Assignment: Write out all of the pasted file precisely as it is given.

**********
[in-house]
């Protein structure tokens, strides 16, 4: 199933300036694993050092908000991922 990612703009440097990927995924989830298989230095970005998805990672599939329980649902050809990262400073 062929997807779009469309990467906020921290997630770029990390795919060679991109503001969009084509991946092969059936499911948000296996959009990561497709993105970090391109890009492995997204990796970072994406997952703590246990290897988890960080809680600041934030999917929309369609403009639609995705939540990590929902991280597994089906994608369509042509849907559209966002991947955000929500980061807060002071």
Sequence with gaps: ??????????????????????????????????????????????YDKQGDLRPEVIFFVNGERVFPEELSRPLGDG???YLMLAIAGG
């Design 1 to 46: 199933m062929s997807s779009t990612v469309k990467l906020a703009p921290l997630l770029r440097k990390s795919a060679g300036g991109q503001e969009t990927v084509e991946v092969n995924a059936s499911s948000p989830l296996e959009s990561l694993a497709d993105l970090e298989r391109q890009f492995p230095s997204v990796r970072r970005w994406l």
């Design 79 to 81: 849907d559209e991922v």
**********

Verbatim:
[in-house]
């Protein structure tokens, strides 16, 4: 199933300036694993050092908000991922 990612703009440097990927995924989830298989230095970005998805990672599939329980649902050809990262400073 062929997807779009469309990467906020921290997630770029990390795919060679991109503001969009084509991946092969059936499911948000296996959009990561497709993105970090391109890009492995997204990796970072994406997952703590246990290897988890960080809680600041934030999917929309369609403009639609995705939540990590929902991280597994089906994608369509042509849907559209966002991947955000929500980061807060002071």
Sequence with gaps: ??????????????????????????????????????????????YDKQGDLRPEVIFFVNGERVFPEELSRPLGDG???YLMLAIAGG
């Design 1 to 46: 199933m062929s997807s779009t990612v469309k990467l906020a703009p921290l997630l770029r440097k990390s795919a060679g300036g991109q503001e969009t990927v084509e991946v092969n995924a059936s499911s948000p989830l296996e959009s990561l694993a497709d993105l970090e298989r391109q890009f492995p230095s997204v990796r970072r970005w994406l």
């Design 79 to 81: 849907d559209e991922v």